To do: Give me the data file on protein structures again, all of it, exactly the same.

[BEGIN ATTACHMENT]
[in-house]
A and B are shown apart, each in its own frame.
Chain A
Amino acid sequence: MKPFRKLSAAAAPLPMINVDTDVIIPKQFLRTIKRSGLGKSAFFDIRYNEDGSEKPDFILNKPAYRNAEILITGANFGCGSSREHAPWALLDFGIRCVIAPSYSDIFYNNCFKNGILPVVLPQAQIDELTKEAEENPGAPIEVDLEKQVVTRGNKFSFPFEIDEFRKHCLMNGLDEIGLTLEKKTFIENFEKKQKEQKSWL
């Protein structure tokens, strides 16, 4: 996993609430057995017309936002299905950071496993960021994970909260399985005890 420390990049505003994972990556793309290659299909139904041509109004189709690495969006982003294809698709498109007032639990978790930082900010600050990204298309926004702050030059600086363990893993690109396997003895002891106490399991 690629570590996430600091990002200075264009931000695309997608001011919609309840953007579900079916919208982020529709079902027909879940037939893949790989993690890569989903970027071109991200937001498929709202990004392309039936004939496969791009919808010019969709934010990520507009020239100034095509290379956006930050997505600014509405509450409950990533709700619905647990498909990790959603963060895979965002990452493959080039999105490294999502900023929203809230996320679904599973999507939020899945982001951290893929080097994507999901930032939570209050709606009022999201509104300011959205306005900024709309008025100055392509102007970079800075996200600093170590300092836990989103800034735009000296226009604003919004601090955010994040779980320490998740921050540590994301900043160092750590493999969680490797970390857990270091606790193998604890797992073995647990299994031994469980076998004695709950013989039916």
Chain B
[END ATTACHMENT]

[in-house]
A and B are shown apart, each in its own frame.
Chain A
Amino acid sequence: MKPFRKLSAAAAPLPMINVDTDVIIPKQFLRTIKRSGLGKSAFFDIRYNEDGSEKPDFILNKPAYRNAEILITGANFGCGSSREHAPWALLDFGIRCVIAPSYSDIFYNNCFKNGILPVVLPQAQIDELTKEAEENPGAPIEVDLEKQVVTRGNKFSFPFEIDEFRKHCLMNGLDEIGLTLEKKTFIENFEKKQKEQKSWL
């Protein structure tokens, strides 16, 4: 996993609430057995017309936002299905950071496993960021994970909260399985005890 420390990049505003994972990556793309290659299909139904041509109004189709690495969006982003294809698709498109007032639990978790930082900010600050990204298309926004702050030059600086363990893993690109396997003895002891106490399991 690629570590996430600091990002200075264009931000695309997608001011919609309840953007579900079916919208982020529709079902027909879940037939893949790989993690890569989903970027071109991200937001498929709202990004392309039936004939496969791009919808010019969709934010990520507009020239100034095509290379956006930050997505600014509405509450409950990533709700619905647990498909990790959603963060895979965002990452493959080039999105490294999502900023929203809230996320679904599973999507939020899945982001951290893929080097994507999901930032939570209050709606009022999201509104300011959205306005900024709309008025100055392509102007970079800075996200600093170590300092836990989103800034735009000296226009604003919004601090955010994040779980320490998740921050540590994301900043160092750590493999969680490797970390857990270091606790193998604890797992073995647990299994031994469980076998004695709950013989039916």
Chain B